Pure Song

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Not to make too much of a fuss about No One is Really Beautiful, but Jude Christodal is really special. The first thing to do is comment on his extraordinary voice which will surely be compared to the late Jeff Buckley's, since hardly anyone else sings with this broad a range. Jude's voice is a pristine instrument that clarifies the ambiguous without effort. It sensuously soars and glides as he reaches into his forgotten inner self and pulls out this unbelievable falsetto that most men would be ashamed to use. Childlike and road weary, a hopeless romantic yet clearly jaded, Jude is a troubadour. The guy's been honing his act for a few years now and has a great batch of tunes he's been carting around. One of these songs, "I Know," was included on the soundtrack to City of Angels, which is not surprising since Jude has a strong grasp on the bizarre spirit and innate desperation of Los Angeles.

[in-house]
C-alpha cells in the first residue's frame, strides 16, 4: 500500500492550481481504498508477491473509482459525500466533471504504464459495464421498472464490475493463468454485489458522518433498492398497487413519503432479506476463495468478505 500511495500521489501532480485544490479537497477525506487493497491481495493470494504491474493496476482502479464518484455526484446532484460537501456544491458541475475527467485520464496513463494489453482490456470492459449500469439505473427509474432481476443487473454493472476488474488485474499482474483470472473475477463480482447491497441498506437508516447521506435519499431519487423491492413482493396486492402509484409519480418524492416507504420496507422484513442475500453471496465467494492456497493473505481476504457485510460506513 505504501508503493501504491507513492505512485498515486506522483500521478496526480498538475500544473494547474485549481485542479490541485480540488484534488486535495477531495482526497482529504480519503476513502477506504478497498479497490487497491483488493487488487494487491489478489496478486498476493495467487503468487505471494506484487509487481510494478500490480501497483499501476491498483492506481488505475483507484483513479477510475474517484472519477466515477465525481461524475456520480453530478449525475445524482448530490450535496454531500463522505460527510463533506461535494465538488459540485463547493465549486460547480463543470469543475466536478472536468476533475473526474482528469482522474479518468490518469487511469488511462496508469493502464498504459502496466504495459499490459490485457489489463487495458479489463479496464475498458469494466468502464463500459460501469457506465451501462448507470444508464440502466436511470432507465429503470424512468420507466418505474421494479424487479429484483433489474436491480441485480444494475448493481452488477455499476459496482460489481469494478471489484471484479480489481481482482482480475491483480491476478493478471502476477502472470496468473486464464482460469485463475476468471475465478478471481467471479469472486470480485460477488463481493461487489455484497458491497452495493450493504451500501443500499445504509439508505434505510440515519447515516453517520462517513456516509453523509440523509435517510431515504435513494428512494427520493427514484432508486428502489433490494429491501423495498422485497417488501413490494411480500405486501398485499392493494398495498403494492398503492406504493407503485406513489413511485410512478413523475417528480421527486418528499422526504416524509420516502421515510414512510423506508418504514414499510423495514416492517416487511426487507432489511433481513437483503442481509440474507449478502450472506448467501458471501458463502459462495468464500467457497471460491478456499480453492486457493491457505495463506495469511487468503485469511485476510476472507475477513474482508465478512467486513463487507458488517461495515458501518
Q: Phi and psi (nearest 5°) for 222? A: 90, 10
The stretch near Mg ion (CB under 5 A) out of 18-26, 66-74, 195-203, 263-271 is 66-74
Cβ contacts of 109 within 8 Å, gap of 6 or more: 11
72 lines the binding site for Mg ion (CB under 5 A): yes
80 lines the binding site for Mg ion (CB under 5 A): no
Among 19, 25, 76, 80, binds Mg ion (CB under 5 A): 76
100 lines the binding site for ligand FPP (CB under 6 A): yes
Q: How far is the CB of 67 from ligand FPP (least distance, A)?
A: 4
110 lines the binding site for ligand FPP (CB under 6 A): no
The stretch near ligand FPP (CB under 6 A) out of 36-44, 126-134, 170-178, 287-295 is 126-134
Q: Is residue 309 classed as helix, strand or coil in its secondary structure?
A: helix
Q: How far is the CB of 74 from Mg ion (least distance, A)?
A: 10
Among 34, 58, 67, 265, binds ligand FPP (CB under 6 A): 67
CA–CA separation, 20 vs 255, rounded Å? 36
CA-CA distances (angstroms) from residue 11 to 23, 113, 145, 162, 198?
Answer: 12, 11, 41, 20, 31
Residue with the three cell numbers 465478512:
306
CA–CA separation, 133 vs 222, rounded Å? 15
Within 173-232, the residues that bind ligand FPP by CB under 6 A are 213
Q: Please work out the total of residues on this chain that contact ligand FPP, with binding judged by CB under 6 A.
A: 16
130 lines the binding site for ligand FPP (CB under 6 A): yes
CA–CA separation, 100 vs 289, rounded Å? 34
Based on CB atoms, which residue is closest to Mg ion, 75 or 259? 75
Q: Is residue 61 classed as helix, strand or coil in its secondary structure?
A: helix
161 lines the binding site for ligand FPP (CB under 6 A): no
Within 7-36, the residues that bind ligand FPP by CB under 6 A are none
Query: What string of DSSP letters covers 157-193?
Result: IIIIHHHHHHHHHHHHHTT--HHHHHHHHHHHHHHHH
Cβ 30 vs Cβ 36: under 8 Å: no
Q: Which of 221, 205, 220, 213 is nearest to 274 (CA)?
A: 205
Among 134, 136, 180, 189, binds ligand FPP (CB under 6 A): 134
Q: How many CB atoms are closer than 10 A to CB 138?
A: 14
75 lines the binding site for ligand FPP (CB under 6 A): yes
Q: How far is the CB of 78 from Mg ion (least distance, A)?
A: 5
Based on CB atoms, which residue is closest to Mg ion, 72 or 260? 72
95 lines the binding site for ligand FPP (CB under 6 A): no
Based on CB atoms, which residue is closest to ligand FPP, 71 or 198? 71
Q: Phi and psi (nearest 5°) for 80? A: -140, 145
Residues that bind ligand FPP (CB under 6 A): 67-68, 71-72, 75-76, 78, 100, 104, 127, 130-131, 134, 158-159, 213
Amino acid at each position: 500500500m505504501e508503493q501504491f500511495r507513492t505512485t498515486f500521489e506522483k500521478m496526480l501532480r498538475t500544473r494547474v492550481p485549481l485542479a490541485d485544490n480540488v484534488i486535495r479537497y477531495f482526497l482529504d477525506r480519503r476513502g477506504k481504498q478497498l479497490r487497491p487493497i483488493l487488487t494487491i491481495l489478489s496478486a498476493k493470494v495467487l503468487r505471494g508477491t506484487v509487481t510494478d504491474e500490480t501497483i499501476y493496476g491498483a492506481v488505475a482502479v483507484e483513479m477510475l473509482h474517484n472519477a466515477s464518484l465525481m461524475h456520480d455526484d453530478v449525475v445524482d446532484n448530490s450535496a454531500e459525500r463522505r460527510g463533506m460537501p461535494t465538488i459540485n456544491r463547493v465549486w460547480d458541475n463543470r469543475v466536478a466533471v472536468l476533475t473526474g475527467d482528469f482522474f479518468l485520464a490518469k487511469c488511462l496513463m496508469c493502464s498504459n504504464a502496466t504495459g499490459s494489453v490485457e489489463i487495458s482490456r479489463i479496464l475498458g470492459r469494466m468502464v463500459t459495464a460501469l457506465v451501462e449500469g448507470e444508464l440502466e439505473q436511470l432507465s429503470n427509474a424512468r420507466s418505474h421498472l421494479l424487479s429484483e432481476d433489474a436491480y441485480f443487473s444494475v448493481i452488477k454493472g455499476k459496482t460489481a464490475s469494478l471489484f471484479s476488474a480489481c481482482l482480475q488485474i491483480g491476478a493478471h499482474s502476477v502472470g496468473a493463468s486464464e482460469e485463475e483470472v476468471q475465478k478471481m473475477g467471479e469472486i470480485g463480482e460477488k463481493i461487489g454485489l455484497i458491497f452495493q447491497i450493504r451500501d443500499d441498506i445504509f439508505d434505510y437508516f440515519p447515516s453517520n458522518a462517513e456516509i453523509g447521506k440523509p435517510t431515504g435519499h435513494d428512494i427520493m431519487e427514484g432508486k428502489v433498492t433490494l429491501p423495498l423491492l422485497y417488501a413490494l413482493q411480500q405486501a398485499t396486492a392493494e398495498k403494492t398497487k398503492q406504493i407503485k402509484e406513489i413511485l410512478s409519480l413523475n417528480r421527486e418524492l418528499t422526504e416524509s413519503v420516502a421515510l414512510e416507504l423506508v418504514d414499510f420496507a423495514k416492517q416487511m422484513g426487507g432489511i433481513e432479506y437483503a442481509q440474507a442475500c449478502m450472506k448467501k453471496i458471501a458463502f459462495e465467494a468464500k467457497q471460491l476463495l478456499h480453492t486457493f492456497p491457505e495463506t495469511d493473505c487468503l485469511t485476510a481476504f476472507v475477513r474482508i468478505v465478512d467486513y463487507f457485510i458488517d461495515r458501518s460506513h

While most of Jude's wry sarcasm will fly over the collective heads of his potential audience, the kid is just tuneful enough to get away with being a smartypants. Besides, when he settles down to sing a song of yearning, disdain, defeat or heartache, you just gotta believe in him. Even his last goodbye, "The Asshole Song," is sung with enough pathos and self-observing realism to make an asshole like me feel sorry him. Anyhow, with Jude's great voice and clever songwriting, he's bound to have a real hit single. There's one tune called "Rick James" and another one called "Brad And Suzy" which are both offbeat-funky and catchy-kitchsy enough to fit in on the radio. Watch out for Jude.

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